Speaking to gaming magazine veterans for this feature, one theme comes up again and again: that in the ’80s and early ’90s there was a special kind of magic that was stifled by gaming magazines, like we’ll never again. watch. “They have a certain tone and style that’s very period,” says Julian ‘Jaz’ Rignall, former editor of Zzap!64 and Mean Machines. “I mean, you know, Mean Machines, I don’t think we can get away with saying some of the things we used to say these days.” Matthew Castle, who was the last editor of Official Nintendo Magazine when the publication folded in 2014, says his biggest regret is not getting into video game magazines earlier, in his teens. Prayed. “I read a lot of old Super Play magazines when I joined Future, and I was like, ‘Oh my gosh, this is all so good. Why didn’t I spend my pocket money on that instead of Boglins or what? to be?
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Officially licensed magazines like the Nintendo Magazine System (which went through several name changes before ending up in Future Publishing simply as Official Nintendo Magazine) rose to prominence throughout the ’90s and beyond. Interestingly, several publishers simultaneously had “official” and “unofficial” magazines covering the same format, such as Sega Magazine (1994) and Mean Machines Sega on EMAP, Xbox World (2003) and Official Xbox Magazine (2001) on Future, and PSM2. (2000) and Official UK PlayStation 2 Magazine (2000), also from Future. The original incarnation of the latter in particular – Official UK PlayStation Magazine (1995) – was a huge success for the publisher, its phenomenal sales probably having a lot to do with the generous demo disc that graced the cover each month.
Gradually, over the next two decades, “unofficial” monoformat magazines
be almost completely eliminated from the market. Matthew Castle saw both sides of the divide as the editor of the unofficial NGamer (which evolved, through various name changes, from 1992’s Super Play) and later as the editor of Official Nintendo Magazine. But when
NGamer went out of business in 2012, initially reluctant to sail in officially licensed waters. “In my head, you know, I was the ‘unofficial Nintendo magazine for life’. We were the same company, but they were our rivals. I didn’t really want to be a part of it, I didn’t necessarily think about their worldview.” coincided with ours, but I wanted a job.
However, he says that even though the Nintendo license meant he was more limited
In what he was able to do with Official Nintendo Magazine, the Wii U lean years were actually something of a blessing in disguise, freeing up writers to fill page after page with gloriously absurd features thanks to the lack of new games on them. what to write Somehow the anarchic spirit of magazines like YS and Amiga Power resurfaced for a moment. “I think ONM’s last year is pretty strong,” says Matthew. “There were things where I thought, ‘There’s no way Nintendo is still reading this magazine.’ There were some weird alternative Christmas carols that made fun of the former head of Nintendo Europe and things like that. There were a number of things that we put out where we then I had nightmares that I was going to get fired. We were close several times: he made a joke about McDonald’s, which almost surprised me because they had a Happy Meal deal with McDonald’s.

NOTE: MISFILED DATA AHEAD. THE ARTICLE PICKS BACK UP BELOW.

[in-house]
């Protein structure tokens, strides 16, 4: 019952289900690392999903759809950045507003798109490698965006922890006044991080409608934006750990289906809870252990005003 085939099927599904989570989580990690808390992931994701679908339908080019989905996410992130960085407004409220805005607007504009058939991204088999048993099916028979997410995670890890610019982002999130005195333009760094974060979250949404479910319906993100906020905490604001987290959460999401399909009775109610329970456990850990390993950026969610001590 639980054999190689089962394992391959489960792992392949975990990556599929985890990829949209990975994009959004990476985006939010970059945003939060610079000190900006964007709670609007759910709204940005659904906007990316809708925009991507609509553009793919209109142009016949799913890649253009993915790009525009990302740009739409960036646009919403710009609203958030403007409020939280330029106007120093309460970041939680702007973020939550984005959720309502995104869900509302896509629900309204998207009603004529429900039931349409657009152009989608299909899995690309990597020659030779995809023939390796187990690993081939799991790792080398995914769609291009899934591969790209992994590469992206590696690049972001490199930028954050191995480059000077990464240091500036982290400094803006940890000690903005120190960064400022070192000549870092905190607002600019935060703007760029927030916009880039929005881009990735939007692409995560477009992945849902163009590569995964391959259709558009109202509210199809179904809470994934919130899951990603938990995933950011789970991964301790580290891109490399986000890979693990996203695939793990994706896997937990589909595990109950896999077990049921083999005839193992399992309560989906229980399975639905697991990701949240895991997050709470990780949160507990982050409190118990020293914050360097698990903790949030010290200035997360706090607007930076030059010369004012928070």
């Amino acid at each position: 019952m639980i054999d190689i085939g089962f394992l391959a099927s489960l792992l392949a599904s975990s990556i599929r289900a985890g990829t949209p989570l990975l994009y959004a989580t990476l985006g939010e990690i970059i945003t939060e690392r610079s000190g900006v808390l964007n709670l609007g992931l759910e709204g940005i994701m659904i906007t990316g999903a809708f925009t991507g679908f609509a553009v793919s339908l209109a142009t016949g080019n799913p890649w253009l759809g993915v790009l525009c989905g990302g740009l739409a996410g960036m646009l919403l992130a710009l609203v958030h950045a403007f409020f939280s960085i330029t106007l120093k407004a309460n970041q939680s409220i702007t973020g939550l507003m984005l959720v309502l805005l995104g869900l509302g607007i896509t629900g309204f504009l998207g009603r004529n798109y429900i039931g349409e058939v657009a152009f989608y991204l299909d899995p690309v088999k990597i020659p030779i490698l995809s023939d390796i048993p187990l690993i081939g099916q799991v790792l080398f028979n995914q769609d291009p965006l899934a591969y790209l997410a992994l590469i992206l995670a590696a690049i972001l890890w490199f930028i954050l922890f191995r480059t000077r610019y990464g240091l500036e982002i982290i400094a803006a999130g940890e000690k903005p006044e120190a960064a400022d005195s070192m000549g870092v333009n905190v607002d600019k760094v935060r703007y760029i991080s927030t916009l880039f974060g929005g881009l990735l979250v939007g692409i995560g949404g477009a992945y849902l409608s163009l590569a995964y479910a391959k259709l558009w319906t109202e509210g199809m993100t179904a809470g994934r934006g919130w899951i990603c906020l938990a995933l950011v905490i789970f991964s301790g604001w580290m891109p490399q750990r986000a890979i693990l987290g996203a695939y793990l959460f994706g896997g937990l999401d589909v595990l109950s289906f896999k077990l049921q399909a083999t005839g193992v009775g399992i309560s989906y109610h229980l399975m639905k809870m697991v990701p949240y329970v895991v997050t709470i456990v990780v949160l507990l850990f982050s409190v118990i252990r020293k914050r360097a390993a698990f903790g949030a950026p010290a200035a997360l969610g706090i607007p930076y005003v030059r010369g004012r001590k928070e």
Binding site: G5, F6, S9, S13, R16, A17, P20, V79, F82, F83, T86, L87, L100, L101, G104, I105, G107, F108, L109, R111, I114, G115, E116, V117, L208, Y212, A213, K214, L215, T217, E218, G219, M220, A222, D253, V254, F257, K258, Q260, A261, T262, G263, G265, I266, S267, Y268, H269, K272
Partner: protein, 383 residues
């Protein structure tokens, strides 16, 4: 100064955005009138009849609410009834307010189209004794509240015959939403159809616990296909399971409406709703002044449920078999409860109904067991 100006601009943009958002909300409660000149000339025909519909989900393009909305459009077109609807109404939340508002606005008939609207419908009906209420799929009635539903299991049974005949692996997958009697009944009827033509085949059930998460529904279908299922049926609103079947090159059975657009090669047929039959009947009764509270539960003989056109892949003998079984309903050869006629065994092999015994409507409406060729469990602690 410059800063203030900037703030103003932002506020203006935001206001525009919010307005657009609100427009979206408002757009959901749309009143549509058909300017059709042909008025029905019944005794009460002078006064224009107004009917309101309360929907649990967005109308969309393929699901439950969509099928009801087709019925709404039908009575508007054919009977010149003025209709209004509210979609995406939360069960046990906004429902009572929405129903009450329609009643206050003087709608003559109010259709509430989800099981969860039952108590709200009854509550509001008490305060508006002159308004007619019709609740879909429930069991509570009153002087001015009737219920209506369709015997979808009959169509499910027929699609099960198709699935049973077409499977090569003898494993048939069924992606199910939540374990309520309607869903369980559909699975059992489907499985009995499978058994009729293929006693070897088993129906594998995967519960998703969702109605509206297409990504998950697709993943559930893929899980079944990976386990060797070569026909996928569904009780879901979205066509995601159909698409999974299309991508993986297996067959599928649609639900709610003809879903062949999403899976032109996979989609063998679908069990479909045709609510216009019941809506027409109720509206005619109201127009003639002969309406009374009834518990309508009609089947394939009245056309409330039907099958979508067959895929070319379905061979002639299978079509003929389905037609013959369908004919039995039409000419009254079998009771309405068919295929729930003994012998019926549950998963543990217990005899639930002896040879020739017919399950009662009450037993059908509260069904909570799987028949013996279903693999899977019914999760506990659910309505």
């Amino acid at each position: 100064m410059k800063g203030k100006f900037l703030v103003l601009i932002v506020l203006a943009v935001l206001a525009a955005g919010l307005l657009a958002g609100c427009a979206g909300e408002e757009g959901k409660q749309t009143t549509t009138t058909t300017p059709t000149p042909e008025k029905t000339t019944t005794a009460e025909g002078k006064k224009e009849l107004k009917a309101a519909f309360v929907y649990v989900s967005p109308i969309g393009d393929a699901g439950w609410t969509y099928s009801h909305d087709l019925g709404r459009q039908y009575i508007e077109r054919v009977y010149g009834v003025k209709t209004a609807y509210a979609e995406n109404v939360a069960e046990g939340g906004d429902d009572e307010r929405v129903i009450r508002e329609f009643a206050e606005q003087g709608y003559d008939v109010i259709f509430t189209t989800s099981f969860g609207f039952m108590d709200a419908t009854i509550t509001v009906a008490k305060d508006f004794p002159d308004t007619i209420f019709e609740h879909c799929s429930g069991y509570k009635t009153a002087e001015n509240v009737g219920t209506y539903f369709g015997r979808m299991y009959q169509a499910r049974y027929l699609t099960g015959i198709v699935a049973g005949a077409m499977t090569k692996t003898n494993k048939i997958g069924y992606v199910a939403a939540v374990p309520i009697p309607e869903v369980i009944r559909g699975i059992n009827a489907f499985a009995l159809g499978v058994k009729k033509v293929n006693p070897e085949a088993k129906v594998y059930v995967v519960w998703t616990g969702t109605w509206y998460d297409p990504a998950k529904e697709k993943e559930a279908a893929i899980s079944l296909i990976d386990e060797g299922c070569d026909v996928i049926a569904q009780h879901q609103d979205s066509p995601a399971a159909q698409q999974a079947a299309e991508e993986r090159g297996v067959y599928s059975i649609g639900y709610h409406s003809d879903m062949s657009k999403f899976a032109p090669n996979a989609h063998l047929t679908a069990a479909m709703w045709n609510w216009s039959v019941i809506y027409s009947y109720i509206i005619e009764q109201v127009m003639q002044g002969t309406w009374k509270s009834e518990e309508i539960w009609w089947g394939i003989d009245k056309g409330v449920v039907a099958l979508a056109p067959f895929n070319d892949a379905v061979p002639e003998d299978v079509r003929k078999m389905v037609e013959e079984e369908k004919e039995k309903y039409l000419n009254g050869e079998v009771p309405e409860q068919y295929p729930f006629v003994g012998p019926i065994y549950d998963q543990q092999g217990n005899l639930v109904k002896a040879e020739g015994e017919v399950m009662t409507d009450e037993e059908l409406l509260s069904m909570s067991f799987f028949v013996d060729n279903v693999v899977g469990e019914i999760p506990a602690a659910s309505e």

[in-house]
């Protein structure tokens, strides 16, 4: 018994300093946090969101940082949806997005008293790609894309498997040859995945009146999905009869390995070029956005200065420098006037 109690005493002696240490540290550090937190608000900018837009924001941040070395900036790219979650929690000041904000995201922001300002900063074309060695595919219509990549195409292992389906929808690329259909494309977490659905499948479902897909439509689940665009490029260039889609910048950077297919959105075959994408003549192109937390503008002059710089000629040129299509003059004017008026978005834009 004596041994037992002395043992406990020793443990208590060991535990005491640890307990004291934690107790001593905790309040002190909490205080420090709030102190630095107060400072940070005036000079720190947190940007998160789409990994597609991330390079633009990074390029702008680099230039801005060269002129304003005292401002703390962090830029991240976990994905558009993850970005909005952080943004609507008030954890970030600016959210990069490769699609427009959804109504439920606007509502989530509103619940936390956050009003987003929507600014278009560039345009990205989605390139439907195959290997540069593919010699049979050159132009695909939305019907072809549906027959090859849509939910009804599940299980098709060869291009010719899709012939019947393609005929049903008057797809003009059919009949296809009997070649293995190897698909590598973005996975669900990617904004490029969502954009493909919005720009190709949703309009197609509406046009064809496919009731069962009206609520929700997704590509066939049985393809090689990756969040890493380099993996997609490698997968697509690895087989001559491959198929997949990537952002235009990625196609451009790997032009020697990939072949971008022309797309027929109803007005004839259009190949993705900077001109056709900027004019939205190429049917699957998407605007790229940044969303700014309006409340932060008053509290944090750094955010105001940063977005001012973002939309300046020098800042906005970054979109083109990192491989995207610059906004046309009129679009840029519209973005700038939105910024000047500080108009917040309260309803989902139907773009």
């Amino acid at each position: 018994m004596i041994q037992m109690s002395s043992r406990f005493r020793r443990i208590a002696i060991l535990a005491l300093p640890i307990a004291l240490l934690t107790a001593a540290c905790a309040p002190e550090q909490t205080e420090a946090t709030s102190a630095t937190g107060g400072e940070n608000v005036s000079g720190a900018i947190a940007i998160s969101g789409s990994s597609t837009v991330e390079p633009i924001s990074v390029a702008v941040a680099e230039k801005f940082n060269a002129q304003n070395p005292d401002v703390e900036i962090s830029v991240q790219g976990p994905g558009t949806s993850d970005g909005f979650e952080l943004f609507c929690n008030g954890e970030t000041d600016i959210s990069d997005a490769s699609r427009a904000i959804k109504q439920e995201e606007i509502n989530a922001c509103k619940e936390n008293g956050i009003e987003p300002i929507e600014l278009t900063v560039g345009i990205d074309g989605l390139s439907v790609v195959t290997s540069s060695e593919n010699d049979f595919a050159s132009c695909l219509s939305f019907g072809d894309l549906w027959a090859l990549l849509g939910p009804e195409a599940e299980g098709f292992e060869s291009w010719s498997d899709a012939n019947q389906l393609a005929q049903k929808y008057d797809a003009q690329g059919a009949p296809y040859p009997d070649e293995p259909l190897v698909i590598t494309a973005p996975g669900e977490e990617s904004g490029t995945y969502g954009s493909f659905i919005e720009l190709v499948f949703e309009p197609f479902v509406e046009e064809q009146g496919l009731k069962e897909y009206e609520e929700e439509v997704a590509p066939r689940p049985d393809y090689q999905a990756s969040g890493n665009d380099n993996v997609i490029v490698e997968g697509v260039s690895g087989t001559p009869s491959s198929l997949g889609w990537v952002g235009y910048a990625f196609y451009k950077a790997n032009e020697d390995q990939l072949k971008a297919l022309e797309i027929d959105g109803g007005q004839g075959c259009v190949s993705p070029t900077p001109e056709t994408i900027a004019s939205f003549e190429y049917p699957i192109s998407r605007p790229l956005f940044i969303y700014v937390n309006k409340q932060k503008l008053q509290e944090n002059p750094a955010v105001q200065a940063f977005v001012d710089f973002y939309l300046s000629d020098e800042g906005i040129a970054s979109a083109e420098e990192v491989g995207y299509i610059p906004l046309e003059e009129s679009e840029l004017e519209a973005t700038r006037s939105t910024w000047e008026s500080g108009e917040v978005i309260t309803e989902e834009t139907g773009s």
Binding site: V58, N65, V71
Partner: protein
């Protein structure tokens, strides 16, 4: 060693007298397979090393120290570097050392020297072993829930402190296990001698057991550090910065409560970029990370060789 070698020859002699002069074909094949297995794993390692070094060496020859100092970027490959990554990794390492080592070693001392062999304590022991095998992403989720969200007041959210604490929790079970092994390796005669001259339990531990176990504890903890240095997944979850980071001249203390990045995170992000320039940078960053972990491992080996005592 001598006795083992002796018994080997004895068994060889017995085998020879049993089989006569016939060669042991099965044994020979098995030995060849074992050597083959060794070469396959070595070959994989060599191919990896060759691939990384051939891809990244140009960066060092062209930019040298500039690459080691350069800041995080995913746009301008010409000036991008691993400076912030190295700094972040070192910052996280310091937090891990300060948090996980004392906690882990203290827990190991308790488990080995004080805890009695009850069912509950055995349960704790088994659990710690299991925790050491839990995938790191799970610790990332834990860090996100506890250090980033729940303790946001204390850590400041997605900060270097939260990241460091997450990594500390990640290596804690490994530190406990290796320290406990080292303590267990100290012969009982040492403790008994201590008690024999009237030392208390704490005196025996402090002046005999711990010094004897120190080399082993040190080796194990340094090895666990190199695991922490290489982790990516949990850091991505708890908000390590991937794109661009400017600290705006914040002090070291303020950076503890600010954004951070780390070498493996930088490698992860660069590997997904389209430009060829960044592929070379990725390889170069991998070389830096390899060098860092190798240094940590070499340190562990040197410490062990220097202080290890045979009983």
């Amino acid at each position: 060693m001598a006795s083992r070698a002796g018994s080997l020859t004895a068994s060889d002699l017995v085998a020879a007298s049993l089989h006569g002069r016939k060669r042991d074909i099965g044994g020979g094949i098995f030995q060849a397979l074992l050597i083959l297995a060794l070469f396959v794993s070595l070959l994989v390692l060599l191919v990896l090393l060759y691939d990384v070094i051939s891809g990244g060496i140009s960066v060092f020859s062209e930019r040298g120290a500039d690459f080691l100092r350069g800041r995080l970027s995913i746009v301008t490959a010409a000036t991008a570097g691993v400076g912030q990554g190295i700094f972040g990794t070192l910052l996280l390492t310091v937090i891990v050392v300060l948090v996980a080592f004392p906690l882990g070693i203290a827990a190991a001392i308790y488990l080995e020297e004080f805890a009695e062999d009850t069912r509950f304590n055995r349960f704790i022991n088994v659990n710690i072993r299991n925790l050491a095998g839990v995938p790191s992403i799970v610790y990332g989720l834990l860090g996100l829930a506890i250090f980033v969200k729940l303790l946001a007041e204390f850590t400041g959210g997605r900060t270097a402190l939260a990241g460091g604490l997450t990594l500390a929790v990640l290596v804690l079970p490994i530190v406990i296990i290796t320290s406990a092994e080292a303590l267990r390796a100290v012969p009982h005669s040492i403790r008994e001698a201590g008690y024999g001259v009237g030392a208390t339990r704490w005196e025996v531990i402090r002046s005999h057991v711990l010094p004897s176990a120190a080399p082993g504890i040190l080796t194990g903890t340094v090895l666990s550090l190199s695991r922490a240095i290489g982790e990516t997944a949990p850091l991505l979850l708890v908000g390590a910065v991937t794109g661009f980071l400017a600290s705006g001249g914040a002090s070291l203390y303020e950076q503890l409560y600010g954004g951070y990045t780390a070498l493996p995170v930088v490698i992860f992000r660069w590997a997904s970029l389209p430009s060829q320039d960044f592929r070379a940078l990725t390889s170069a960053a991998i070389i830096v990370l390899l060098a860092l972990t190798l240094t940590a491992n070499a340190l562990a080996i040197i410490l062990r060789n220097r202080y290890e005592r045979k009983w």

(Image credit: Future)
And so we come to the present. Over the last decade and a bit, even the most powerful magazines have fallen in their struggle to compete with the migration of readers online. C&VG closed its print version in 2004, living a half-life as an online-only publication until 2014. Official Nintendo Magazine folded in 2014 after Nintendo pulled print magazines. Play ended its giveaway in 2016. GamesMaster survived long after its eponymous TV show was suspended, but finally succumbed to the inevitable in 2018, after 25 years of publishing. Multi-Format GamesTM from Imagine Publishing, former headquarters of Retro Gamer himself, went out of business around the same time, after 16 years on the market.
But there are still some holdouts. The Official Xbox and PlayStation Magazines
are still carving out a niche at WH Smith, and PC Gamer has been published continuously since 1993. Last year even saw the launch of a new gaming magazine in the form of indie-focused Wireframe, while tween-focused mags like 110 % Games thrive on the back shelves of newsstands. And then there’s Edge, which earlier this year celebrated becoming the UK’s longest-running gaming magazine. May everyone continue for a long time!
This feature is taken from Retro Gamer magazine and can save up to 57% on a print and digital subscription subscribing today